Indian food has become hugely popular in Britain, but it was not always so. when the first immigrants from the huge sub-continent arrived, their food was too spicy for local palates. Here’s a great story from Stuart Maconie on how he discovered this cuisine, from his book Pies and Prejudice, In Search of the North:
My mum gave me the first Indian food I ever tasted. She worked in a cotton mil alongside many Bangladeshi and Pakistani weavers, and, one winter night in the late seventies, she brought home a little gift of some home cooking that a young man had given her as a thank you for some favour. There was a Tupperware container full of a thick yellowish stew, some lumpy little brown dumpling things and several flatbreads wrapped and rolled in silver foil – dahl, pakora and chapatis essentially. My mum and dad examined each one with extreme cation, sniffed at the contents and recoiled a little at the warm, pungent spices, having been weaned on starch from which all flavour had been ruthlessly boiled away for fear of poisoning. I sat and ate it all in one go. I grilled the chapatis like toast, not knowing what else to do with them, slathered them with butter and then dipped them in the dahl. I thought I’d died and gone to heaven. Or, most accurately, wherever Muslim people went.
Delighted with how his cooking – or maybe his mum or sister’s – had been received, he would send me my own bijou customised takeaway once a week or so…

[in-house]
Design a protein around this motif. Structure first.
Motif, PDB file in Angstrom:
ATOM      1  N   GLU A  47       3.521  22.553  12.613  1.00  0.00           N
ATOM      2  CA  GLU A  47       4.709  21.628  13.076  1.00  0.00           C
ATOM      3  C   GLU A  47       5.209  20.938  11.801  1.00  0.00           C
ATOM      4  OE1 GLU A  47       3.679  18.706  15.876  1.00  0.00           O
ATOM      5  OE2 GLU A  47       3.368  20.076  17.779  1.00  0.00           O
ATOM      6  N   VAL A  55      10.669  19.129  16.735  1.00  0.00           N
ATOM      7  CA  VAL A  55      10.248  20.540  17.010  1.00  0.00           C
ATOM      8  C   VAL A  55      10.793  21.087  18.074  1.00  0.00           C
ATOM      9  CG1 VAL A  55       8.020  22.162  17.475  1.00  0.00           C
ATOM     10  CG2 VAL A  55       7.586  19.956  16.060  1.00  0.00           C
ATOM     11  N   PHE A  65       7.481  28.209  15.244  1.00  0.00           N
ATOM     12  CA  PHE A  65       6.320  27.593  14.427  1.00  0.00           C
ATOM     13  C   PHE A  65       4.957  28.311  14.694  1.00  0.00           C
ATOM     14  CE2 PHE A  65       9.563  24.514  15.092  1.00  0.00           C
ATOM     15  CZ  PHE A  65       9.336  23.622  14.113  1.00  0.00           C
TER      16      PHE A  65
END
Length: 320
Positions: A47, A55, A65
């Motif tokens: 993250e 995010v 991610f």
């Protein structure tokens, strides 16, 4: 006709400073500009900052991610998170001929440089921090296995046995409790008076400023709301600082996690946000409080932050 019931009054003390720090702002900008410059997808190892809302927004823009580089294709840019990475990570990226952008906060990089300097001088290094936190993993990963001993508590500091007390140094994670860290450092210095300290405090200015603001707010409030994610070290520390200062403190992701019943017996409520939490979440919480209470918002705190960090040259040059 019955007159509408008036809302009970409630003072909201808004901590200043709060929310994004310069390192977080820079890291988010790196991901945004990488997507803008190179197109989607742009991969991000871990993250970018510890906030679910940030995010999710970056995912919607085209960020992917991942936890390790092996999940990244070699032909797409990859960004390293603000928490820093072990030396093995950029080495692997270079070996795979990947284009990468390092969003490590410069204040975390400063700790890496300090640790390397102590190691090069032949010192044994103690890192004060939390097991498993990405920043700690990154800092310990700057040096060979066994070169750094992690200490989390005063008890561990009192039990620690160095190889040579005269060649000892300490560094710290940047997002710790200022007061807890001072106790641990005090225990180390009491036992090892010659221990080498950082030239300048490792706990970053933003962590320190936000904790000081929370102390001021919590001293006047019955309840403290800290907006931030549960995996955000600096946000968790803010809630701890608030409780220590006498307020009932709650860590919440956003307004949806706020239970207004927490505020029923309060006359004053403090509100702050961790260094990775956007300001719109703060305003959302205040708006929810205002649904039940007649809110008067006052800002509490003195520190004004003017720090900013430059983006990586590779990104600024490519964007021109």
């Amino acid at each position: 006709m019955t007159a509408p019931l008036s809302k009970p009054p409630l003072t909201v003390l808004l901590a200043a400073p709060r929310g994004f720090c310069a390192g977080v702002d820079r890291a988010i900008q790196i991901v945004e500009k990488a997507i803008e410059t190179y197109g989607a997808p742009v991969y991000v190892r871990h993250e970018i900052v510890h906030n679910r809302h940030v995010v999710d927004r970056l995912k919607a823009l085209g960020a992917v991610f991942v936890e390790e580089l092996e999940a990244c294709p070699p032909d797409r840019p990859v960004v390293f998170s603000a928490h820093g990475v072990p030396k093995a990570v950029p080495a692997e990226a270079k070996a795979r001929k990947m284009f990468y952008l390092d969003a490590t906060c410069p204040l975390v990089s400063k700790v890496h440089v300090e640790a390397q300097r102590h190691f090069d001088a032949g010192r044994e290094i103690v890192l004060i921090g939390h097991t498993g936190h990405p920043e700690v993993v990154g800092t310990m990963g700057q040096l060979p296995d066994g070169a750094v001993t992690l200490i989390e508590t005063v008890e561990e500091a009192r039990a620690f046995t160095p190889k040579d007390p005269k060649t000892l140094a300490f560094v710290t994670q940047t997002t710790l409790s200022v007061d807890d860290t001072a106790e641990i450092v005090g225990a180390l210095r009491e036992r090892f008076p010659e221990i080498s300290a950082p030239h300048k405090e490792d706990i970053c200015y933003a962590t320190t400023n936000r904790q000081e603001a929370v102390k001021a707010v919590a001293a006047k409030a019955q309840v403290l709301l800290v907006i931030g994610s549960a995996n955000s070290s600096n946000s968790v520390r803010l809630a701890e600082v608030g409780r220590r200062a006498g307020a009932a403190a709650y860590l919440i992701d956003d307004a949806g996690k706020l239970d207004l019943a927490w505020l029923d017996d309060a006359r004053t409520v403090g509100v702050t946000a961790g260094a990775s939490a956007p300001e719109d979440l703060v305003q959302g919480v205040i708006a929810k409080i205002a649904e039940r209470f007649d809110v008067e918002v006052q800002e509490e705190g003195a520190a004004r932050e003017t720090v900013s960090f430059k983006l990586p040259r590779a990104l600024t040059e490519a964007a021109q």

It went on for years, by the way, long after I’d left home and gone away to college. I’d go home for the summer and within days, Charlie would have sent me another thick roll of puris or paratha, which I would eat standing at the grill at one in the morning, having drunk a gallon of Burtonwood’s Top Hat Bitter.
Even though Stuart’s parents probably never tried the food, I’m sure the man’s generosity helped form bridges between the communities, because that is what food is so good at.
My cousins lived next door to an Italian family, and my cousin discovered he liked their food, whilst one of their children didn’t so every evening their mothers would exchange a plate of food over their back fence. So much easier than forcing kids to eat food they didn’t like.
This story reminds me of an anecdote from Christ Stopped at Eboli by Carlo Levi who was exiled to the far south of Italy, which I may have mentioned before. He and fellow exiles were not allowed to talk to each other, but he noticed a young man come out of a house and put a plate of food on a nearby wall. He whistled, and another young man came out and took the food. They were denied words, but could still speak with the language of food.